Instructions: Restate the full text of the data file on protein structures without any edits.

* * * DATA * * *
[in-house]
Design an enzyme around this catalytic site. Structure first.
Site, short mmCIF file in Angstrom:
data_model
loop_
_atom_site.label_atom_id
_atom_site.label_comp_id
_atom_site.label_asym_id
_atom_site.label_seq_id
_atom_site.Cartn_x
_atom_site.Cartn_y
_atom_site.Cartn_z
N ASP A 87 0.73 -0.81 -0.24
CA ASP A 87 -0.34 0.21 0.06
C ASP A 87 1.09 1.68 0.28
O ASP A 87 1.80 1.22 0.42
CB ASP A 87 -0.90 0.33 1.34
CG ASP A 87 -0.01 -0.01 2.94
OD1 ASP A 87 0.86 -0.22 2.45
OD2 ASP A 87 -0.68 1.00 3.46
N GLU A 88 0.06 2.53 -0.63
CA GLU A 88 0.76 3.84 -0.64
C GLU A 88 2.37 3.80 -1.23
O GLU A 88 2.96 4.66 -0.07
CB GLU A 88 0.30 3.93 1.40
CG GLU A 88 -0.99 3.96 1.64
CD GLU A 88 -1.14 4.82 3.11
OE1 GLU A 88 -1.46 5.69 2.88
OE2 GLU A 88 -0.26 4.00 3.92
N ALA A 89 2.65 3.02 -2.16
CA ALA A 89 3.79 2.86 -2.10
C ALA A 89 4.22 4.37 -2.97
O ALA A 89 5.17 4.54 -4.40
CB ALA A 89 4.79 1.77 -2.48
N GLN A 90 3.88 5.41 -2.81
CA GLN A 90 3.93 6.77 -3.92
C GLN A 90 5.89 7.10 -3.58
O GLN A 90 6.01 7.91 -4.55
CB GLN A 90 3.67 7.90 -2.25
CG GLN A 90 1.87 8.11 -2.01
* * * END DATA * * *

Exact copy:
[in-house]
Design an enzyme around this catalytic site. Structure first.
Site, short mmCIF file in Angstrom:
data_model
loop_
_atom_site.label_atom_id
_atom_site.label_comp_id
_atom_site.label_asym_id
_atom_site.label_seq_id
_atom_site.Cartn_x
_atom_site.Cartn_y
_atom_site.Cartn_z
N ASP A 87 0.73 -0.81 -0.24
CA ASP A 87 -0.34 0.21 0.06
C ASP A 87 1.09 1.68 0.28
O ASP A 87 1.80 1.22 0.42
CB ASP A 87 -0.90 0.33 1.34
CG ASP A 87 -0.01 -0.01 2.94
OD1 ASP A 87 0.86 -0.22 2.45
OD2 ASP A 87 -0.68 1.00 3.46
N GLU A 88 0.06 2.53 -0.63
CA GLU A 88 0.76 3.84 -0.64
C GLU A 88 2.37 3.80 -1.23
O GLU A 88 2.96 4.66 -0.07
CB GLU A 88 0.30 3.93 1.40
CG GLU A 88 -0.99 3.96 1.64
CD GLU A 88 -1.14 4.82 3.11
OE1 GLU A 88 -1.46 5.69 2.88
OE2 GLU A 88 -0.26 4.00 3.92
N ALA A 89 2.65 3.02 -2.16
CA ALA A 89 3.79 2.86 -2.10
C ALA A 89 4.22 4.37 -2.97
O ALA A 89 5.17 4.54 -4.40
CB ALA A 89 4.79 1.77 -2.48
N GLN A 90 3.88 5.41 -2.81
CA GLN A 90 3.93 6.77 -3.92
C GLN A 90 5.89 7.10 -3.58
O GLN A 90 6.01 7.91 -4.55
CB GLN A 90 3.67 7.90 -2.25
CG GLN A 90 1.87 8.11 -2.01